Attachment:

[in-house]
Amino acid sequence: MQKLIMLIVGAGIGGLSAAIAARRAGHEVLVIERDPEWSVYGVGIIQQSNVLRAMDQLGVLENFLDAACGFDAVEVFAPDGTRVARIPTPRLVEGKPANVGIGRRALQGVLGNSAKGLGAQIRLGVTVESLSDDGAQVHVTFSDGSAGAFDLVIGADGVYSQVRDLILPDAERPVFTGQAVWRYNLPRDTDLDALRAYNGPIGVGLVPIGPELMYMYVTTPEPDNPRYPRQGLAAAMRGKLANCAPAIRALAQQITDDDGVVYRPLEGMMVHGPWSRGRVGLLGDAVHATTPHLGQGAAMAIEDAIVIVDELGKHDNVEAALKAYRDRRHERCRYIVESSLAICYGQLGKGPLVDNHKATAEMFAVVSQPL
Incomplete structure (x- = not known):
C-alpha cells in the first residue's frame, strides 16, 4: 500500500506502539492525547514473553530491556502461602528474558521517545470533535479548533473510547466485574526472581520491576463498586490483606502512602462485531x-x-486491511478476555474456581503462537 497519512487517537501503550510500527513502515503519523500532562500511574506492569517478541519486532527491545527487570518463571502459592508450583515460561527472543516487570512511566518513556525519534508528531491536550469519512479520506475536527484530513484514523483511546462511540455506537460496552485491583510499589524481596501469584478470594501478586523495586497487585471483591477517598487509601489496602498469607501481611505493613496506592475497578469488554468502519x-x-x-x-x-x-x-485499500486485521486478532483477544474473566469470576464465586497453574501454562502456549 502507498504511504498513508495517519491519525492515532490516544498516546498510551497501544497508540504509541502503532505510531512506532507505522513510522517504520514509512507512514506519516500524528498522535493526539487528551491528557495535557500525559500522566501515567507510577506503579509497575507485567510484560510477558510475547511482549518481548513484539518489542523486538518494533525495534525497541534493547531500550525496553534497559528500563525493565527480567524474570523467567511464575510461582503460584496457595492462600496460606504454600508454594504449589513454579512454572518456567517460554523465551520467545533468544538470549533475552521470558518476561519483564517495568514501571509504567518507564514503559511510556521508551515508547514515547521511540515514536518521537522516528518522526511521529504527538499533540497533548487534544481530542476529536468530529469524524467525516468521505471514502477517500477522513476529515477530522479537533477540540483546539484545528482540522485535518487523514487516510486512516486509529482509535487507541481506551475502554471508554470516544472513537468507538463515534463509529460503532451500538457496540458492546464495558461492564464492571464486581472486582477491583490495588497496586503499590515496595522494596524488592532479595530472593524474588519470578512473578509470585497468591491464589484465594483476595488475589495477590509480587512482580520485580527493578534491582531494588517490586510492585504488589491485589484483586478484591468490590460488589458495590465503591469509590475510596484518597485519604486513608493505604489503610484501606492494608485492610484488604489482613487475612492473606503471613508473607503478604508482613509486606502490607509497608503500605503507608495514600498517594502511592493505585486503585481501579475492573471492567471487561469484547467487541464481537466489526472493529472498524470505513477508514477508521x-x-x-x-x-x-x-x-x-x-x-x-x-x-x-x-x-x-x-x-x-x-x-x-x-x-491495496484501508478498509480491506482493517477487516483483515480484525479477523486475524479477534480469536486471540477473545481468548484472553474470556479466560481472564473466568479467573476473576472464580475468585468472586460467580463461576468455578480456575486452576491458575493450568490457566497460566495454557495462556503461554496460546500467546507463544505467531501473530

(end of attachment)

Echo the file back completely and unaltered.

[in-house]
Amino acid sequence: MQKLIMLIVGAGIGGLSAAIAARRAGHEVLVIERDPEWSVYGVGIIQQSNVLRAMDQLGVLENFLDAACGFDAVEVFAPDGTRVARIPTPRLVEGKPANVGIGRRALQGVLGNSAKGLGAQIRLGVTVESLSDDGAQVHVTFSDGSAGAFDLVIGADGVYSQVRDLILPDAERPVFTGQAVWRYNLPRDTDLDALRAYNGPIGVGLVPIGPELMYMYVTTPEPDNPRYPRQGLAAAMRGKLANCAPAIRALAQQITDDDGVVYRPLEGMMVHGPWSRGRVGLLGDAVHATTPHLGQGAAMAIEDAIVIVDELGKHDNVEAALKAYRDRRHERCRYIVESSLAICYGQLGKGPLVDNHKATAEMFAVVSQPL
Incomplete structure (x- = not known):
C-alpha cells in the first residue's frame, strides 16, 4: 500500500506502539492525547514473553530491556502461602528474558521517545470533535479548533473510547466485574526472581520491576463498586490483606502512602462485531x-x-486491511478476555474456581503462537 497519512487517537501503550510500527513502515503519523500532562500511574506492569517478541519486532527491545527487570518463571502459592508450583515460561527472543516487570512511566518513556525519534508528531491536550469519512479520506475536527484530513484514523483511546462511540455506537460496552485491583510499589524481596501469584478470594501478586523495586497487585471483591477517598487509601489496602498469607501481611505493613496506592475497578469488554468502519x-x-x-x-x-x-x-485499500486485521486478532483477544474473566469470576464465586497453574501454562502456549 502507498504511504498513508495517519491519525492515532490516544498516546498510551497501544497508540504509541502503532505510531512506532507505522513510522517504520514509512507512514506519516500524528498522535493526539487528551491528557495535557500525559500522566501515567507510577506503579509497575507485567510484560510477558510475547511482549518481548513484539518489542523486538518494533525495534525497541534493547531500550525496553534497559528500563525493565527480567524474570523467567511464575510461582503460584496457595492462600496460606504454600508454594504449589513454579512454572518456567517460554523465551520467545533468544538470549533475552521470558518476561519483564517495568514501571509504567518507564514503559511510556521508551515508547514515547521511540515514536518521537522516528518522526511521529504527538499533540497533548487534544481530542476529536468530529469524524467525516468521505471514502477517500477522513476529515477530522479537533477540540483546539484545528482540522485535518487523514487516510486512516486509529482509535487507541481506551475502554471508554470516544472513537468507538463515534463509529460503532451500538457496540458492546464495558461492564464492571464486581472486582477491583490495588497496586503499590515496595522494596524488592532479595530472593524474588519470578512473578509470585497468591491464589484465594483476595488475589495477590509480587512482580520485580527493578534491582531494588517490586510492585504488589491485589484483586478484591468490590460488589458495590465503591469509590475510596484518597485519604486513608493505604489503610484501606492494608485492610484488604489482613487475612492473606503471613508473607503478604508482613509486606502490607509497608503500605503507608495514600498517594502511592493505585486503585481501579475492573471492567471487561469484547467487541464481537466489526472493529472498524470505513477508514477508521x-x-x-x-x-x-x-x-x-x-x-x-x-x-x-x-x-x-x-x-x-x-x-x-x-x-491495496484501508478498509480491506482493517477487516483483515480484525479477523486475524479477534480469536486471540477473545481468548484472553474470556479466560481472564473466568479467573476473576472464580475468585468472586460467580463461576468455578480456575486452576491458575493450568490457566497460566495454557495462556503461554496460546500467546507463544505467531501473530